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Wes Welker: Returns to practice after concussion

Wes Welker was able to participate in lite practice Monday after suffering a concussion Aug. 23.
Photo by Doug Pensinger/Getty Images

Any kind of head injury is a serious matter, but what would you say if I told you Wes Welker could be playing in this Sunday game? ABC News reported on Monday, Sept.1 that the Denver Broncos wide receiver returned to the field for lite practice today.

Let’s not get too excited D-Town, Welker has not been cleared for contact, yet. He is following the NFL's concussion protocol which allowed him to participate in practice, but not at 100 percent. The team took it easy today while wearing only helmets, jerseys and shorts.

Denver Broncos head coach, John Fox, said, "He's still in the protocol. He's still exercising. Feel good about progress." Fox continued by emphasizing that the main concern is Welker’s safety.

Monday marked Welker’s first practice since he suffered a concussion Aug. 23 in the Broncos’ first preseason loss against the Texans. This marked the third concussion Welker has suffered in the past year.

Having suffered two concussions last season, Welker missed the last three regular-season games. His first concussion while playing for the Broncos occurred in November and the second followed three weeks later.

At this point in his career, Welker does not want to slow down. Many are cautioning him that he should heavily consider retirement. There is a huge risk for him to play. Experts are saying that he could potentially cause brain trauma that could cause effects ranging from memory loss to mood swings.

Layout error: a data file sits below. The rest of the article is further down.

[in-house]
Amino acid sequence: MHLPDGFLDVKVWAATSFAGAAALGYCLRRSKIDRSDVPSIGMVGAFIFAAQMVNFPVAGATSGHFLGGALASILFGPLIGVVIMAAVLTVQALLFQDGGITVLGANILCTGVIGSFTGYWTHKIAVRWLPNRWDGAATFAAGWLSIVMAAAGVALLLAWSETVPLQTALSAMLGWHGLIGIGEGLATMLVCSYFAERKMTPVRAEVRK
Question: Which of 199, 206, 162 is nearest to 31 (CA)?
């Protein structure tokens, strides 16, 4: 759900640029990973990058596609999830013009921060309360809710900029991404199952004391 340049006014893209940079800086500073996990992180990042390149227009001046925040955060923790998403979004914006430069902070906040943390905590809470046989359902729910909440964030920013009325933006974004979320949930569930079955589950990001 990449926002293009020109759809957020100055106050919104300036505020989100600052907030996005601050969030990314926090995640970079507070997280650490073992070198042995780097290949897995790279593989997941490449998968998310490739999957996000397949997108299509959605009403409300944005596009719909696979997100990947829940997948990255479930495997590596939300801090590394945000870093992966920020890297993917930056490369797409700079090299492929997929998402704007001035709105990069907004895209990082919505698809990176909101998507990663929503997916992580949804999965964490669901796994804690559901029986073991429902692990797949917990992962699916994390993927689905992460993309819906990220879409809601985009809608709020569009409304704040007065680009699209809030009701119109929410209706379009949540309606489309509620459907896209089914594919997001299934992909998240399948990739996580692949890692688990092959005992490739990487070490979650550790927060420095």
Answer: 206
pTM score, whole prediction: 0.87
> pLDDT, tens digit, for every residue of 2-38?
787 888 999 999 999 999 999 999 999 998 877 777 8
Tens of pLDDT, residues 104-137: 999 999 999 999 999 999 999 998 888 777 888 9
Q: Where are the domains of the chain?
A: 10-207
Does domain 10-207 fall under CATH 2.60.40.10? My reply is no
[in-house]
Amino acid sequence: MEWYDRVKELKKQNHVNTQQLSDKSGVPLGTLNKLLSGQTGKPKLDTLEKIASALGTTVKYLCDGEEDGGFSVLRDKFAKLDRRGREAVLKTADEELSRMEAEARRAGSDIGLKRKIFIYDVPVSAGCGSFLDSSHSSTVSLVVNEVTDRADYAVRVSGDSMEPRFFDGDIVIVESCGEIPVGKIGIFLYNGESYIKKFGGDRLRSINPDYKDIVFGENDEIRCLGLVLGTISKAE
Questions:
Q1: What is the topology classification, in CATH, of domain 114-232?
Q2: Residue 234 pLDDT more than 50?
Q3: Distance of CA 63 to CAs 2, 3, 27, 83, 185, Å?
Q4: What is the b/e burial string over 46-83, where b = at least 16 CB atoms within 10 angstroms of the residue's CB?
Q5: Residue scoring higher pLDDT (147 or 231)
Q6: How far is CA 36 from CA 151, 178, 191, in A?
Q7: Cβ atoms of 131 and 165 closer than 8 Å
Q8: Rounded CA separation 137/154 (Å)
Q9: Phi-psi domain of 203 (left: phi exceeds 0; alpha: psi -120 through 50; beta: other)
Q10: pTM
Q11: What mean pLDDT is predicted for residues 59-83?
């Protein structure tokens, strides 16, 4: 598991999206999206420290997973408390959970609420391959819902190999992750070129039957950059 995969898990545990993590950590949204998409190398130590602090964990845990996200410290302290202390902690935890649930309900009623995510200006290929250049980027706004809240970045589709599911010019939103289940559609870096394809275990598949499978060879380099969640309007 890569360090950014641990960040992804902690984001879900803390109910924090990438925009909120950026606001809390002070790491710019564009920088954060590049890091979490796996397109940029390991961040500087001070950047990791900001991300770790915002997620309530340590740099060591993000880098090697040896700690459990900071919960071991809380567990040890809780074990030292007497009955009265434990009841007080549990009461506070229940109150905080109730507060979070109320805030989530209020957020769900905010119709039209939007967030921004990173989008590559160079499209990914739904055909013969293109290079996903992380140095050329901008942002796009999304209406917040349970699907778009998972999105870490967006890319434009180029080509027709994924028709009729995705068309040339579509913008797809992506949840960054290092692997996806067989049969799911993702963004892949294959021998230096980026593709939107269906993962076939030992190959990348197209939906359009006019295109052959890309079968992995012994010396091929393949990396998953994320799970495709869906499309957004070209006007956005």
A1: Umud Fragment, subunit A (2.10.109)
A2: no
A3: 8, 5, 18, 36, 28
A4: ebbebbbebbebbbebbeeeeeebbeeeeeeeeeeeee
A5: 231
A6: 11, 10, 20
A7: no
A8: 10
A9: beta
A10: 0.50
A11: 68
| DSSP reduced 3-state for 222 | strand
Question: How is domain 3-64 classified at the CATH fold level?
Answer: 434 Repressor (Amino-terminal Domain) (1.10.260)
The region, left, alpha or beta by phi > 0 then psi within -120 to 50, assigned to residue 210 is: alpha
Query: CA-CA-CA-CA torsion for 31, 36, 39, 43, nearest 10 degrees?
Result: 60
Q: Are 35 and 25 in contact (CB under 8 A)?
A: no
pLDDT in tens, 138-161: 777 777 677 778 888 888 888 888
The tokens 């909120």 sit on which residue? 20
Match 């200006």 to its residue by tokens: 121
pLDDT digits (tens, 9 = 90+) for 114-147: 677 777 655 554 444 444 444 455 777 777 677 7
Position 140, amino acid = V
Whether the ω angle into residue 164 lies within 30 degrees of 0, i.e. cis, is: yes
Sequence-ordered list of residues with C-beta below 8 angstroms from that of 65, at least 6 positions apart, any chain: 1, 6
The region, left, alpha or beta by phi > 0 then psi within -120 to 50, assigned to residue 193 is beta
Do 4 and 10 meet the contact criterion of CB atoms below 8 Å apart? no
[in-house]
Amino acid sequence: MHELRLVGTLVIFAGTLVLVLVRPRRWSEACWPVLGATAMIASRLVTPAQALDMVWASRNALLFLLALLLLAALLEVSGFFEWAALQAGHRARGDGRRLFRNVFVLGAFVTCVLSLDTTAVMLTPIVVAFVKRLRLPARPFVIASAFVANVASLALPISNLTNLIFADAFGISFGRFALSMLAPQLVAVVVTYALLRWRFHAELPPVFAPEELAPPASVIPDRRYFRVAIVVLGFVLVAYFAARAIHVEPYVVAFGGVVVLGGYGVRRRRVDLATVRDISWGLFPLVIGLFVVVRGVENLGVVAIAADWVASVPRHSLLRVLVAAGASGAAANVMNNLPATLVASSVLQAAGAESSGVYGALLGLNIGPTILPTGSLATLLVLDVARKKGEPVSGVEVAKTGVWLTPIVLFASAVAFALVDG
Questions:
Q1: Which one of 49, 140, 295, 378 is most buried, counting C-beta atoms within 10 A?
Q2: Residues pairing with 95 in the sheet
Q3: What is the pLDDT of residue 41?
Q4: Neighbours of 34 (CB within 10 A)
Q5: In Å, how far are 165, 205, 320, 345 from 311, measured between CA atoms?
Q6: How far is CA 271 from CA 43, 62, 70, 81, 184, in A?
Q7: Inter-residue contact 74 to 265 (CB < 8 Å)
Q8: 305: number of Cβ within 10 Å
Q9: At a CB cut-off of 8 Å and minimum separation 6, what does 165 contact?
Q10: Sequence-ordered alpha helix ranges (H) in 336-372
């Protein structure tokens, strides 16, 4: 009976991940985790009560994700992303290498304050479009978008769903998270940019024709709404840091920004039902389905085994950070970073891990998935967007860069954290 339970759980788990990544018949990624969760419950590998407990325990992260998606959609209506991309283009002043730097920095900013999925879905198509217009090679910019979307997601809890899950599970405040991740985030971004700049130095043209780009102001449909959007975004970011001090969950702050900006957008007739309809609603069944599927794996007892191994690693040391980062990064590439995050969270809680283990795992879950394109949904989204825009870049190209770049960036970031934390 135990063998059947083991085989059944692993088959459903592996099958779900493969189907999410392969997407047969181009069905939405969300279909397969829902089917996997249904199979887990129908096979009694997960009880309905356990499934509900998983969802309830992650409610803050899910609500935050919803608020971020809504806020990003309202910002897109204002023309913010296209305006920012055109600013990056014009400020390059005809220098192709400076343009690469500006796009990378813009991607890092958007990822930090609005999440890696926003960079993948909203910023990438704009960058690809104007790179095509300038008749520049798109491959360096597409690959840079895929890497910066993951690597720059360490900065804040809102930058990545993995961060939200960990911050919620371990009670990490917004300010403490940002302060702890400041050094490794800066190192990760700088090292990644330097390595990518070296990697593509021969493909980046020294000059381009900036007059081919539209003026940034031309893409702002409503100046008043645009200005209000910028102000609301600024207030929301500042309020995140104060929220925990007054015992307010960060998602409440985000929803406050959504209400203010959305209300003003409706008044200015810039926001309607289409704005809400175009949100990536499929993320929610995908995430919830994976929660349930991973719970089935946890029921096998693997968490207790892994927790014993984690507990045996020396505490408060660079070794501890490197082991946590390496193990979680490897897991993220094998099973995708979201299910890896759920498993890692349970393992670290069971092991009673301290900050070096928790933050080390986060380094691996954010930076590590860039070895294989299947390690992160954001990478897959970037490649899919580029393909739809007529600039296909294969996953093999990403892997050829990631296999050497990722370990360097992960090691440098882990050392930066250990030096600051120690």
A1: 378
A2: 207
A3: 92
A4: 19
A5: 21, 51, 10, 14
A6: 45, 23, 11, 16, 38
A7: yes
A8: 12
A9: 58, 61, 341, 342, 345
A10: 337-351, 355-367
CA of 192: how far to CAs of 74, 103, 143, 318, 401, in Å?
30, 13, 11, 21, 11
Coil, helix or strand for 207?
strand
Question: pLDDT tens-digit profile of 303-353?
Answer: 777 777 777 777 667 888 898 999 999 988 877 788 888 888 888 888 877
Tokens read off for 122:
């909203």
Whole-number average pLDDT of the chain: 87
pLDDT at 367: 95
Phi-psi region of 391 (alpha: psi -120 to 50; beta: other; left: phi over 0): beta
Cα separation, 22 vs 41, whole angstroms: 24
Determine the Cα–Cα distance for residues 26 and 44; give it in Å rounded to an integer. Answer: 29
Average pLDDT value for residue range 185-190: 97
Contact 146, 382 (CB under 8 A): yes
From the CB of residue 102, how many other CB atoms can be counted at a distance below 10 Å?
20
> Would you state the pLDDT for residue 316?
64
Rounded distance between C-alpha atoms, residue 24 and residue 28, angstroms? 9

Former NFL player Sean Morey is now dealing with the effects of his 20+ concussions he suffered during his career. Earlier this year NPR shared some details of Morey’s life after the NFL. He suffers from post-concussion syndrome, and takes a large number of medication for things like debilitating headaches that take place after the long term effects of accumulating hits..

In the story NPR shared that, “Hundreds of other NFL players have been diagnosed with far more serious conditions: dementia, ALS, Parkinson's and severe cognitive decline. On autopsy, the brains of more than 50 players show clear signs of chronic traumatic encephalopathy, or CTE, a progressive degenerative disease.”

Now, Morey is learning as much as he can about concussions. He was also involved in the million dollar concussion settlement between the NFL and retired players. In July, U.S. District Judge Anita Brody granted preliminary approval in the concussion related claim that allows for thousands of retired players to be the compensated. It could take six months to a year for players to start receiving money. The league is said to spend about $675 million in damages.

The Broncos open their season this Sunday, Sept. 7, against Indianapolis Colts. Welker has a few benchmarks that still need to be cleared, while remaining symptom free, before they can determine whether or not he will be playing in this game.